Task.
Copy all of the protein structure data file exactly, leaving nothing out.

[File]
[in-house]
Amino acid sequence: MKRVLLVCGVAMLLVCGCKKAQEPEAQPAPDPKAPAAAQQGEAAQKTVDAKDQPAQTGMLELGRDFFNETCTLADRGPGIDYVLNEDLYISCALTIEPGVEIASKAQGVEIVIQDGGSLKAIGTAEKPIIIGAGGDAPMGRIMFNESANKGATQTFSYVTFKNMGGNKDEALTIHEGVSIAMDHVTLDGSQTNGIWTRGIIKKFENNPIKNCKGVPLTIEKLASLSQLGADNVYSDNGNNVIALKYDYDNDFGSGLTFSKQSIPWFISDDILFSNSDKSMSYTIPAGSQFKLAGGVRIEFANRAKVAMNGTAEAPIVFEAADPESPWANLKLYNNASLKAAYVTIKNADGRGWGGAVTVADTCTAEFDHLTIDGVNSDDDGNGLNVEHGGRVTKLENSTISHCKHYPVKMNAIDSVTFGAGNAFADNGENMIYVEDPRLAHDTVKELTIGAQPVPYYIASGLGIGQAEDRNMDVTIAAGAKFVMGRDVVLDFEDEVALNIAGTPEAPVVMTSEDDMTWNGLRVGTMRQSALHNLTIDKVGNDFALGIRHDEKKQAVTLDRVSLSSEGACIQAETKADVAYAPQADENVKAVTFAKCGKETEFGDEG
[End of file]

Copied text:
[in-house]
Amino acid sequence: MKRVLLVCGVAMLLVCGCKKAQEPEAQPAPDPKAPAAAQQGEAAQKTVDAKDQPAQTGMLELGRDFFNETCTLADRGPGIDYVLNEDLYISCALTIEPGVEIASKAQGVEIVIQDGGSLKAIGTAEKPIIIGAGGDAPMGRIMFNESANKGATQTFSYVTFKNMGGNKDEALTIHEGVSIAMDHVTLDGSQTNGIWTRGIIKKFENNPIKNCKGVPLTIEKLASLSQLGADNVYSDNGNNVIALKYDYDNDFGSGLTFSKQSIPWFISDDILFSNSDKSMSYTIPAGSQFKLAGGVRIEFANRAKVAMNGTAEAPIVFEAADPESPWANLKLYNNASLKAAYVTIKNADGRGWGGAVTVADTCTAEFDHLTIDGVNSDDDGNGLNVEHGGRVTKLENSTISHCKHYPVKMNAIDSVTFGAGNAFADNGENMIYVEDPRLAHDTVKELTIGAQPVPYYIASGLGIGQAEDRNMDVTIAAGAKFVMGRDVVLDFEDEVALNIAGTPEAPVVMTSEDDMTWNGLRVGTMRQSALHNLTIDKVGNDFALGIRHDEKKQAVTLDRVSLSSEGACIQAETKADVAYAPQADENVKAVTFAKCGKETEFGDEG